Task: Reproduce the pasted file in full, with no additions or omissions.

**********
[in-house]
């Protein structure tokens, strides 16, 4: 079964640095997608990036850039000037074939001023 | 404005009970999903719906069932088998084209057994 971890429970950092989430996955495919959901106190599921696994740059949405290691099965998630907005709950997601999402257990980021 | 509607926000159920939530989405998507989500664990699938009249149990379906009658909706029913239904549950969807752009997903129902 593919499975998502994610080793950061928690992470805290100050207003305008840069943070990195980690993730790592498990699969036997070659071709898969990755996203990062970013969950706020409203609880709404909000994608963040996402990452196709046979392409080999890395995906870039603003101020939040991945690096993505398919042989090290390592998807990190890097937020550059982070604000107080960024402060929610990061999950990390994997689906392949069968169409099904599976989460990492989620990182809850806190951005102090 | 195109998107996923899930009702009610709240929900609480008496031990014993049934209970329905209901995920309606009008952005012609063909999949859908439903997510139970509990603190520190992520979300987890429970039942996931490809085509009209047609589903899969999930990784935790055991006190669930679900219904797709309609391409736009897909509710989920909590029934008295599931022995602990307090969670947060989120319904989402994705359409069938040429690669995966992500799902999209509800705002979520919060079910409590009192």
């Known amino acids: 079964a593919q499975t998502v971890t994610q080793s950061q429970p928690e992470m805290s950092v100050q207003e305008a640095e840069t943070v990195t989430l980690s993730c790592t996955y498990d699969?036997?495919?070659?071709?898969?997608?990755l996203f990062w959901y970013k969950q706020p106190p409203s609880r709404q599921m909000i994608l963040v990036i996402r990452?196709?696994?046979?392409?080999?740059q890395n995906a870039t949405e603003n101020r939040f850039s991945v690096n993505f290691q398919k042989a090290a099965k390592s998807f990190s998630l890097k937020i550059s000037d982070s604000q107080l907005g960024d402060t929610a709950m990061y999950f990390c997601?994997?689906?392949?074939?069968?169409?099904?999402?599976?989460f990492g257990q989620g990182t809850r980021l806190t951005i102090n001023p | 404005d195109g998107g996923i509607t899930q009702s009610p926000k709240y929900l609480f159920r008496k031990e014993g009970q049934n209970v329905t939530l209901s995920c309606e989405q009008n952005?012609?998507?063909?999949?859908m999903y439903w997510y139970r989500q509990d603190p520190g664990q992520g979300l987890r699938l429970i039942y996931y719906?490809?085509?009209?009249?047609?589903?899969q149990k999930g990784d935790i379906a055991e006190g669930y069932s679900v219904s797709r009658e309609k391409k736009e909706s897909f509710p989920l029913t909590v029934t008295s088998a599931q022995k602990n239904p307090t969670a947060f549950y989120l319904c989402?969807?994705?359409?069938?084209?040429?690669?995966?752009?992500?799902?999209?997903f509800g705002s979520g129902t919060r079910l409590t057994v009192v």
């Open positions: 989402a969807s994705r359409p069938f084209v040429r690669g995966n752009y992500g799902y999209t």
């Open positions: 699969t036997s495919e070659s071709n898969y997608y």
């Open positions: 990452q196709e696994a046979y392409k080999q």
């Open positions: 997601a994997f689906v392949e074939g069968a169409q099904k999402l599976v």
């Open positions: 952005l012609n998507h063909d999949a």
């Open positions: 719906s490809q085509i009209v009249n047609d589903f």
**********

[in-house]
């Protein structure tokens, strides 16, 4: 079964640095997608990036850039000037074939001023 | 404005009970999903719906069932088998084209057994 971890429970950092989430996955495919959901106190599921696994740059949405290691099965998630907005709950997601999402257990980021 | 509607926000159920939530989405998507989500664990699938009249149990379906009658909706029913239904549950969807752009997903129902 593919499975998502994610080793950061928690992470805290100050207003305008840069943070990195980690993730790592498990699969036997070659071709898969990755996203990062970013969950706020409203609880709404909000994608963040996402990452196709046979392409080999890395995906870039603003101020939040991945690096993505398919042989090290390592998807990190890097937020550059982070604000107080960024402060929610990061999950990390994997689906392949069968169409099904599976989460990492989620990182809850806190951005102090 | 195109998107996923899930009702009610709240929900609480008496031990014993049934209970329905209901995920309606009008952005012609063909999949859908439903997510139970509990603190520190992520979300987890429970039942996931490809085509009209047609589903899969999930990784935790055991006190669930679900219904797709309609391409736009897909509710989920909590029934008295599931022995602990307090969670947060989120319904989402994705359409069938040429690669995966992500799902999209509800705002979520919060079910409590009192």
């Known amino acids: 079964a593919q499975t998502v971890t994610q080793s950061q429970p928690e992470m805290s950092v100050q207003e305008a640095e840069t943070v990195t989430l980690s993730c790592t996955y498990d699969?036997?495919?070659?071709?898969?997608?990755l996203f990062w959901y970013k969950q706020p106190p409203s609880r709404q599921m909000i994608l963040v990036i996402r990452?196709?696994?046979?392409?080999?740059q890395n995906a870039t949405e603003n101020r939040f850039s991945v690096n993505f290691q398919k042989a090290a099965k390592s998807f990190s998630l890097k937020i550059s000037d982070s604000q107080l907005g960024d402060t929610a709950m990061y999950f990390c997601?994997?689906?392949?074939?069968?169409?099904?999402?599976?989460f990492g257990q989620g990182t809850r980021l806190t951005i102090n001023p | 404005d195109g998107g996923i509607t899930q009702s009610p926000k709240y929900l609480f159920r008496k031990e014993g009970q049934n209970v329905t939530l209901s995920c309606e989405q009008n952005?012609?998507?063909?999949?859908m999903y439903w997510y139970r989500q509990d603190p520190g664990q992520g979300l987890r699938l429970i039942y996931y719906?490809?085509?009209?009249?047609?589903?899969q149990k999930g990784d935790i379906a055991e006190g669930y069932s679900v219904s797709r009658e309609k391409k736009e909706s897909f509710p989920l029913t909590v029934t008295s088998a599931q022995k602990n239904p307090t969670a947060f549950y989120l319904c989402?969807?994705?359409?069938?084209?040429?690669?995966?752009?992500?799902?999209?997903f509800g705002s979520g129902t919060r079910l409590t057994v009192v």
């Open positions: 989402a969807s994705r359409p069938f084209v040429r690669g995966n752009y992500g799902y999209t």
């Open positions: 699969t036997s495919e070659s071709n898969y997608y």
């Open positions: 990452q196709e696994a046979y392409k080999q």
């Open positions: 997601a994997f689906v392949e074939g069968a169409q099904k999402l599976v």
């Open positions: 952005l012609n998507h063909d999949a």
């Open positions: 719906s490809q085509i009209v009249n047609d589903f």